NHK has learned that a Muslim group in Japan is planning to submit a petition to the government requesting burial sites for Muslims.
The group based in Beppu City, Oita Prefecture, southwestern Japan, is aiming to remedy a shortage of burial sites for Muslims. Their religion does not allow cremation, which is a widespread practice in Japan.
The group purchased a plot of land in neighboring Hiji Town three years ago and tried to obtain the town's permission to build a cemetery. But the plan has been stalled, partly due to residents' opposition.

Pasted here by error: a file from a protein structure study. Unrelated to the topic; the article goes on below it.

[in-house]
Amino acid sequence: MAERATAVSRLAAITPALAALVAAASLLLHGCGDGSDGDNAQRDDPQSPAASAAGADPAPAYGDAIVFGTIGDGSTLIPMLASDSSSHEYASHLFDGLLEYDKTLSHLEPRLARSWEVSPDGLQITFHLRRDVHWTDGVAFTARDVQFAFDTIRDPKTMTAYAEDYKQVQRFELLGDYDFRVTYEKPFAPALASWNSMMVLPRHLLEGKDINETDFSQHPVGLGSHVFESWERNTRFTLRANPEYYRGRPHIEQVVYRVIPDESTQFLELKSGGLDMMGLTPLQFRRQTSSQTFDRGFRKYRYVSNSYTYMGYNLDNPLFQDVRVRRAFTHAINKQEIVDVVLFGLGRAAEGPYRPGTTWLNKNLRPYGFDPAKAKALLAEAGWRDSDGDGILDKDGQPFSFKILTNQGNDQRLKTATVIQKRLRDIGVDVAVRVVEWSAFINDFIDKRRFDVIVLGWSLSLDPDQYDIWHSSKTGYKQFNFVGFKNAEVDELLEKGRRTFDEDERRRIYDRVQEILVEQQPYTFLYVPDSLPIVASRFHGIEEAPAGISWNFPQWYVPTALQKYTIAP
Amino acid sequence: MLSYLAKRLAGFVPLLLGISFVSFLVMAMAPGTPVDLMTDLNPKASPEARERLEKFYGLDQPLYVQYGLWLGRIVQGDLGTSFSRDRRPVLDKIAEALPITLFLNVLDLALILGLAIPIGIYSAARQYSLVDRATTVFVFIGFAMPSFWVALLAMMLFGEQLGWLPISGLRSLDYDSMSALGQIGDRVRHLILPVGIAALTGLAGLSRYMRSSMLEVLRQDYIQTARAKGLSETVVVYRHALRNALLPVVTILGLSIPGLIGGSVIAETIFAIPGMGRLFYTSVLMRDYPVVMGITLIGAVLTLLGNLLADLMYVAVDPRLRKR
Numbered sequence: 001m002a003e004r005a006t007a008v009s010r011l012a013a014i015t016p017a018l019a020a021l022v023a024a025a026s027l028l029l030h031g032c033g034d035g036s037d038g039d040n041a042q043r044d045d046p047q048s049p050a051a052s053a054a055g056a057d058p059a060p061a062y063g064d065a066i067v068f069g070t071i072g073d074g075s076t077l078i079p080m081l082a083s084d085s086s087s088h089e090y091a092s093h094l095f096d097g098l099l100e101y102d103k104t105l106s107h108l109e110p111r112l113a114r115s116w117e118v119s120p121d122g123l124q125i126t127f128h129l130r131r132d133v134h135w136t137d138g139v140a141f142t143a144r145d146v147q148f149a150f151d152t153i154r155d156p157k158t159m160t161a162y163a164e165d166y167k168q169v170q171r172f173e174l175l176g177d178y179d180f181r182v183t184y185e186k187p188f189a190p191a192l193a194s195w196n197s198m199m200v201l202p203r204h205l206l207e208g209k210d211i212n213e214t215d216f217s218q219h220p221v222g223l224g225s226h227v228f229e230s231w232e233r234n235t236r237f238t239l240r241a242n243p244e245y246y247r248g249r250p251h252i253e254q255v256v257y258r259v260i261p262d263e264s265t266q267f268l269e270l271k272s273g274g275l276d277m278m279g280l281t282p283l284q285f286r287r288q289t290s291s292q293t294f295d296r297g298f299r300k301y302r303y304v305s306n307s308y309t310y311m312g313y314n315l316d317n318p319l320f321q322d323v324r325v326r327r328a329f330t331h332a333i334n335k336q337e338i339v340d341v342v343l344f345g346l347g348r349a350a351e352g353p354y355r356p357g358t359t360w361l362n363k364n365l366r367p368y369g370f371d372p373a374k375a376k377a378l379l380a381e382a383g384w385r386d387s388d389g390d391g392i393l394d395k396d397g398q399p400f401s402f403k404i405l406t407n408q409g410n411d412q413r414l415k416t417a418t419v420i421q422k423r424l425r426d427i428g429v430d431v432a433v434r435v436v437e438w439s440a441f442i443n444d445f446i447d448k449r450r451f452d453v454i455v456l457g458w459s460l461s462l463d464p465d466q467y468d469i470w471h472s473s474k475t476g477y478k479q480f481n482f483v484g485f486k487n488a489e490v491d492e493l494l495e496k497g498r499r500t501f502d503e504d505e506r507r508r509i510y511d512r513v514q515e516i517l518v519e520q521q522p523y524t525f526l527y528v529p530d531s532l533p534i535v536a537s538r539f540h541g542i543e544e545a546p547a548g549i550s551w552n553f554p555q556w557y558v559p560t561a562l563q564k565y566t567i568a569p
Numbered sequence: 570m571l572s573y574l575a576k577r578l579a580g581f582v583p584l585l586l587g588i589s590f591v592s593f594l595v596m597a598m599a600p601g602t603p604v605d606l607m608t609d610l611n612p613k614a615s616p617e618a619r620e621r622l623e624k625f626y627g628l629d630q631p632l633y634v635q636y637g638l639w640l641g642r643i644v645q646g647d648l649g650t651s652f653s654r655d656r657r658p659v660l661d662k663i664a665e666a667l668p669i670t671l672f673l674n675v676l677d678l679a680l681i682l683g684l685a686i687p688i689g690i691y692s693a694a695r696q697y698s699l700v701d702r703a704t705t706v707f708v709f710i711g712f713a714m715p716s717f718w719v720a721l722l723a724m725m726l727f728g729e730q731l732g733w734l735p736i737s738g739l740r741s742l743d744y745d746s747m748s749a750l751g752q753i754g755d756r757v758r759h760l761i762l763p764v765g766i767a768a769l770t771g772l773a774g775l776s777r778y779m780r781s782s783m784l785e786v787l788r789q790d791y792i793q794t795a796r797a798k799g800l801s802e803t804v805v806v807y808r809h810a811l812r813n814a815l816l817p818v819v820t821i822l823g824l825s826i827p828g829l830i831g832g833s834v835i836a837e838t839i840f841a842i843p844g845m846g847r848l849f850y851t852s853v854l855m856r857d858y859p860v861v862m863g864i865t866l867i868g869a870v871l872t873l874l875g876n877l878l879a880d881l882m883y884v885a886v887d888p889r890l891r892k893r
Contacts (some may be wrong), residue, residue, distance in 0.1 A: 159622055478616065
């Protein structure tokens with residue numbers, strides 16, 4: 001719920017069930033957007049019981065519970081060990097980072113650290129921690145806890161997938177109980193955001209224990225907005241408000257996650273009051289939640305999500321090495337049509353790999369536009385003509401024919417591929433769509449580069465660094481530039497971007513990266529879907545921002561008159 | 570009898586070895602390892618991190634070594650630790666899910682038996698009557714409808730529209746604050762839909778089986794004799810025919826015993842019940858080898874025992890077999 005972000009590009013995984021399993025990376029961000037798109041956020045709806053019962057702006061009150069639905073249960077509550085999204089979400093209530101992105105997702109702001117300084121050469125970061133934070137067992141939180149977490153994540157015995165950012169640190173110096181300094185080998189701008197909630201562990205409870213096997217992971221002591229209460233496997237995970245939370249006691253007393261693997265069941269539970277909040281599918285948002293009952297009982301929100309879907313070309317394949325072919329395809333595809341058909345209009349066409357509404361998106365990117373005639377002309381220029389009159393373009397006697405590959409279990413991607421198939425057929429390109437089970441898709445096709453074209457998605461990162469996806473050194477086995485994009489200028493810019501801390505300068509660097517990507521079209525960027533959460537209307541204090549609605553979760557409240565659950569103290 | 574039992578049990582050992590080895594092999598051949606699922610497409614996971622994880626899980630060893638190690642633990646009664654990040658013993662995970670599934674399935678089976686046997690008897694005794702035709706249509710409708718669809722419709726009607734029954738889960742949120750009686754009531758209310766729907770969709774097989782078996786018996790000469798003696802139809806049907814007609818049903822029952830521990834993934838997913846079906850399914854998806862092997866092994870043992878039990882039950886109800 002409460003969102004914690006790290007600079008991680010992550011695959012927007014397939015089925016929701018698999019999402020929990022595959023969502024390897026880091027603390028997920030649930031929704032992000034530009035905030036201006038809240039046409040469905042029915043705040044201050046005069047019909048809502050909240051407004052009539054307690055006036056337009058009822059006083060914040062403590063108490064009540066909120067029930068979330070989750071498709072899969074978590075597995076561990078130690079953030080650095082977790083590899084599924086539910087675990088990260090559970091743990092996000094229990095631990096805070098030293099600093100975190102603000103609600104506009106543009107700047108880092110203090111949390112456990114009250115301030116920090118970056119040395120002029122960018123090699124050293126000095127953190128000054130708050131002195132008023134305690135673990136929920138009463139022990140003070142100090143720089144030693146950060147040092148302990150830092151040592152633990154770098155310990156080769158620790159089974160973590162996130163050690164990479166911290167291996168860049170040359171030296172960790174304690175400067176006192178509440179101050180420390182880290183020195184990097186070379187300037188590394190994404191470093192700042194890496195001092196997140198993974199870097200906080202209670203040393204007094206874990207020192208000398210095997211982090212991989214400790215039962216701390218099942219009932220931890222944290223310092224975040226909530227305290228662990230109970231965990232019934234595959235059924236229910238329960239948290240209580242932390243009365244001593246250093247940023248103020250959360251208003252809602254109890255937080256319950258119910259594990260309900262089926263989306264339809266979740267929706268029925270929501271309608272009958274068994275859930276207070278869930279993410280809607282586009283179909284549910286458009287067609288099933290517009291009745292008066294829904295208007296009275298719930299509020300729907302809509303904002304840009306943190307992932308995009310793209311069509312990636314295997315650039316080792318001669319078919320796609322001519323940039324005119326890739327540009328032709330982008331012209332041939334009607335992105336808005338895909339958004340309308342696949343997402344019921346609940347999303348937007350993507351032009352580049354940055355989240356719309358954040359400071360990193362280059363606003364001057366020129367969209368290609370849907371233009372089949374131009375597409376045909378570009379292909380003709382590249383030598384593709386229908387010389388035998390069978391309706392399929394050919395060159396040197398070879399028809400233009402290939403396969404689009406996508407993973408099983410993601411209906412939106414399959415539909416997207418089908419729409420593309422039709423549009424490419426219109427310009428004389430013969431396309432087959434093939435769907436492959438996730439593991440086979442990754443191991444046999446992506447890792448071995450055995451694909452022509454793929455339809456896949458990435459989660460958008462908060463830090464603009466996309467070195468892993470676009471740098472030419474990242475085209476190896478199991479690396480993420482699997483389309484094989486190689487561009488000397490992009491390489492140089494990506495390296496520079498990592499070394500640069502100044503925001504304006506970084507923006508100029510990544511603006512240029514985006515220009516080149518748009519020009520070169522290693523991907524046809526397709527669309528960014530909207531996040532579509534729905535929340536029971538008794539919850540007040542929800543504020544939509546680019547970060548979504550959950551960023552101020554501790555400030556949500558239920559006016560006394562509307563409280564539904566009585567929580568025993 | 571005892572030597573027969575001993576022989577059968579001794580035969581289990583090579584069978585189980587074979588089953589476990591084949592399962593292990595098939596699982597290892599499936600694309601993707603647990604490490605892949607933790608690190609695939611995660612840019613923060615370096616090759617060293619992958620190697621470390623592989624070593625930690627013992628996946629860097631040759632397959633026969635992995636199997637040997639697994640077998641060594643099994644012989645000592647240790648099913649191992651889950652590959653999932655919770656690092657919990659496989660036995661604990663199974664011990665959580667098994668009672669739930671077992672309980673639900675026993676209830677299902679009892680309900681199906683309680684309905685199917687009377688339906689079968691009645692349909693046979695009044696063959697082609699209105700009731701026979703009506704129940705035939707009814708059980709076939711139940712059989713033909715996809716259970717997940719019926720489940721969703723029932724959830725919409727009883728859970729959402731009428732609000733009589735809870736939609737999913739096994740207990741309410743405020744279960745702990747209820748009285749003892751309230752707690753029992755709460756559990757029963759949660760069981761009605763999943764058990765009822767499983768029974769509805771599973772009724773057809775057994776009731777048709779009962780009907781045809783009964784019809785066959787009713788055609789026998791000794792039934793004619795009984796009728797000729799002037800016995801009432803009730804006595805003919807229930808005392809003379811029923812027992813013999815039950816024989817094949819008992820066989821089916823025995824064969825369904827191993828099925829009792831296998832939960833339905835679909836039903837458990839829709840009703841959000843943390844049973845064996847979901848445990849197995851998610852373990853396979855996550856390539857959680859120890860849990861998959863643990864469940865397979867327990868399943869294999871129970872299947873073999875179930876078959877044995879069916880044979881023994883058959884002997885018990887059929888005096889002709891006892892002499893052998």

The group plans to visit the Health, Labor and Welfare Ministry in Tokyo on June 17, on behalf of the Muslim population in the Kyushu and Okinawa regions.
The petition will ask the government to establish at least one public burial site in each prefecture, or allocate part of existing public cemeteries to Muslim burials.
The group's leader Khan Muhammad Tahir Abbas, who has acquired a Japanese nationality, noted that the number of foreign residents in Japan was increasing. He said a shortage of cemeteries that meet their cultural and religious needs was a serious problem.